Jade Clarke: I realised it wasn't all about winning

Jade Clarke was part of the bronze-medal winning side at this summer's Vitality Netball World Cup in Liverpool Picture by Alex Whitehead/SWpix.com

Jade Clarke used to think winning gold with England was the be-all and end-all. 

It took her 16 years in the Roses dress to achieve her lifetime goal of winning a Commonwealth Games title when England beat Australia in 2018, yet the feeling was different to the one she had expected – she wasn’t ready to throw in the towel, writes Ella Jerman.

She may be approaching the twilight years of her stellar netball career, but Clarke went straight on to win World Cup bronze with England this summer and the 36-year old is showing no signs of slowing down. 

Unlike the majority of the bronze-medal winning team, Clarke has thrown herself straight back into the action and will lead an inexperienced squad to South Africa this weekend for their first assignment under new coach Jess Thirlby. 

The most capped player in England Roses’ history (169), Clarke knows she is not the future, but she doesn't want to call it quits just yet. 

“I always said to myself that if I ever got a gold medal, I’d just retire, but after we won at the Commonwealth Games I still wanted to carry on,” said Clarke. 

“I realised it wasn’t all about winning, but it’s about the journey you’re on with the England girls. 

“It’s about the whole experience: playing netball, being with a team who are like your family and most importantly being part of something bigger than yourself.

”I love it, I love everything about it. There’s no feeling like putting on that red dress.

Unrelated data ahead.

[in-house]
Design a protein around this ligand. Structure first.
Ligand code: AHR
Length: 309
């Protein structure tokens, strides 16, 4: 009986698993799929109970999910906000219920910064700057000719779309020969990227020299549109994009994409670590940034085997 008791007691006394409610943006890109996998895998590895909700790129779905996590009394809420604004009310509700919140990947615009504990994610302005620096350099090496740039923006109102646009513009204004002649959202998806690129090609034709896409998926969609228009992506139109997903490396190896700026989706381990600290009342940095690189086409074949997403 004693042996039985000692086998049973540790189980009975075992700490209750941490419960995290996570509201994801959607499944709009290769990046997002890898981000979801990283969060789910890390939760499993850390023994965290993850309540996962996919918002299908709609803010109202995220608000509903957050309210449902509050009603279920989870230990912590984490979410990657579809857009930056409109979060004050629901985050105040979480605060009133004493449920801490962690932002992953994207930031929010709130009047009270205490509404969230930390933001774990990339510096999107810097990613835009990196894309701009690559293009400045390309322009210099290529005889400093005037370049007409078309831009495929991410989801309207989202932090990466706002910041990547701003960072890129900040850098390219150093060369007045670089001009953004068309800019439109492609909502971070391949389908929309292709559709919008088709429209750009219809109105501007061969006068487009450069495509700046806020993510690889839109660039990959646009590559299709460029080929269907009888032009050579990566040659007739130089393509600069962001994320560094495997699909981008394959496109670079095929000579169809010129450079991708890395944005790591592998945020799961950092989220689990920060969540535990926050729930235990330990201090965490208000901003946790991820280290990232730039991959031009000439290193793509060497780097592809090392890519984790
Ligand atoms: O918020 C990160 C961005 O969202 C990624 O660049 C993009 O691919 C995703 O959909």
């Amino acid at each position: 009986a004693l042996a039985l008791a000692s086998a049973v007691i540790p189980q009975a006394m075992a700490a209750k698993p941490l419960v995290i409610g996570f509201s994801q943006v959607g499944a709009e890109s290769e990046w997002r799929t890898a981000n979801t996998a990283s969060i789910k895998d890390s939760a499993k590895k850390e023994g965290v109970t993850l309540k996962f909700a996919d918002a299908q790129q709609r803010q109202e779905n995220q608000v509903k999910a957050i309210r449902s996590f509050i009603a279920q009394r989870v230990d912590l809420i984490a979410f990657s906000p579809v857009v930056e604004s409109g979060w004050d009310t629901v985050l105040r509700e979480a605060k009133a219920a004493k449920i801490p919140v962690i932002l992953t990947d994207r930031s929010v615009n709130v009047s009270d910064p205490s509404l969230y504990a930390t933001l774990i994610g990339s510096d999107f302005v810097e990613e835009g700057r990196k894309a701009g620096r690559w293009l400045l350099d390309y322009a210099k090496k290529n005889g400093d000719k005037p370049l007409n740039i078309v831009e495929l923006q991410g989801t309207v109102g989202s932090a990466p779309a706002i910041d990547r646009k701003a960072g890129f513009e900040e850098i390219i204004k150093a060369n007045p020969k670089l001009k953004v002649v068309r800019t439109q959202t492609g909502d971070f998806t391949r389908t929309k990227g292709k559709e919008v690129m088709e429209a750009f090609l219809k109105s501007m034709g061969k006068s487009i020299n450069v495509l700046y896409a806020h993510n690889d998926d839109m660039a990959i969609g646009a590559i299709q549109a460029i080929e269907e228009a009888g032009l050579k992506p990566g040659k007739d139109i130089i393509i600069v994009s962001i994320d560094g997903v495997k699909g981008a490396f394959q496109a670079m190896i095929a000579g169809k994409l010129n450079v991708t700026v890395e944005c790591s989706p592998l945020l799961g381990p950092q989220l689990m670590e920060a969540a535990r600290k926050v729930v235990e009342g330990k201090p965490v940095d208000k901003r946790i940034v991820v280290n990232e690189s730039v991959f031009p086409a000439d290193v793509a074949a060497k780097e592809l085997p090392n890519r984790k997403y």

“I’m still playing and feeling good at 36 so I feel very lucky and I’m determined to make the most of this opportunity.

“I’m still good enough so I’m just going to keep going until they tell me not to.”

With all the buzz surrounding this year’s Vitality Netball World Cup in Liverpool it’s difficult to blame Clarke for wanting to prolong her 17-year stint with the Roses. 

A survey conducted by YouGov revealed that since July, more than 160,000 Brits started playing netball - or more netball - as a result of the competition – a trend Clarke is determined to see continue in the new Thirlby era. 

“I had a bit of a break after the World Cup, but it was really exciting to come back to a fresh new squad,” she added. 

“We had such an amazing couple of years under Tracey raising the profile of netball in this country and now we want to take that momentum and really build on it. 

“We’ve just had the World Cup on home soil and now have the Commonwealth Games in Birmingham to build up to in 2022.

“Going to Cape Town and trying to beat South Africa at their home will be good practice for us ahead of the next edition of the World Cup in 2023.

“Even though we beat them twice at the World Cup, they really put a stake in the ground – they wanted the world to take them seriously as gold medal competitors. 

“Unlike us, they’ve retained a lot of their summer players for this series so will no doubt be very settled, but it will be up to us to rise to the challenge.”